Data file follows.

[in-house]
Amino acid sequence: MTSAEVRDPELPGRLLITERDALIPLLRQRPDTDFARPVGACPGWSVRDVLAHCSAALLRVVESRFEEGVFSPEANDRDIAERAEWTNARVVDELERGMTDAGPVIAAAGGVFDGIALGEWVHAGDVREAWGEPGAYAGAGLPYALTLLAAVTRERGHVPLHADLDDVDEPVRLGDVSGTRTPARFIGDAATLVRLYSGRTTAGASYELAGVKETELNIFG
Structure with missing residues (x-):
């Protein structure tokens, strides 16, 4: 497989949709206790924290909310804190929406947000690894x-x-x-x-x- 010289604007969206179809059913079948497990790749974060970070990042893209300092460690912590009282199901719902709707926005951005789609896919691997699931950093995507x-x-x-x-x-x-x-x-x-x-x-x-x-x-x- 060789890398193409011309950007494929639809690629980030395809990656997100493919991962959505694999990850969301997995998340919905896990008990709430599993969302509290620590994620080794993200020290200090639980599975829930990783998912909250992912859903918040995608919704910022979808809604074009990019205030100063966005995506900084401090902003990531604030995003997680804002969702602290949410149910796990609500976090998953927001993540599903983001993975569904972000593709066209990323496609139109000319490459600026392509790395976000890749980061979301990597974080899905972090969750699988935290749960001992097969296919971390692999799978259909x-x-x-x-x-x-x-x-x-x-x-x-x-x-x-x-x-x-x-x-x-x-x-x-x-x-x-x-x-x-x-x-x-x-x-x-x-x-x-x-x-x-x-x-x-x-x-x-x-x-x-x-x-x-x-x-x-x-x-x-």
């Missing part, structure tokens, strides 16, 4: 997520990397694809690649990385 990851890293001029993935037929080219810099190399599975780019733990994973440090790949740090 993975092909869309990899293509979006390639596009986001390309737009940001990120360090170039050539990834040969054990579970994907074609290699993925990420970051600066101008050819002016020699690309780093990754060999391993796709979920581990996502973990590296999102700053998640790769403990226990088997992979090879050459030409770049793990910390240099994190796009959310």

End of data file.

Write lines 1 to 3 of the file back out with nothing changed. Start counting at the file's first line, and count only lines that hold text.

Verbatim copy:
[in-house]
Amino acid sequence: MTSAEVRDPELPGRLLITERDALIPLLRQRPDTDFARPVGACPGWSVRDVLAHCSAALLRVVESRFEEGVFSPEANDRDIAERAEWTNARVVDELERGMTDAGPVIAAAGGVFDGIALGEWVHAGDVREAWGEPGAYAGAGLPYALTLLAAVTRERGHVPLHADLDDVDEPVRLGDVSGTRTPARFIGDAATLVRLYSGRTTAGASYELAGVKETELNIFG
Structure with missing residues (x-):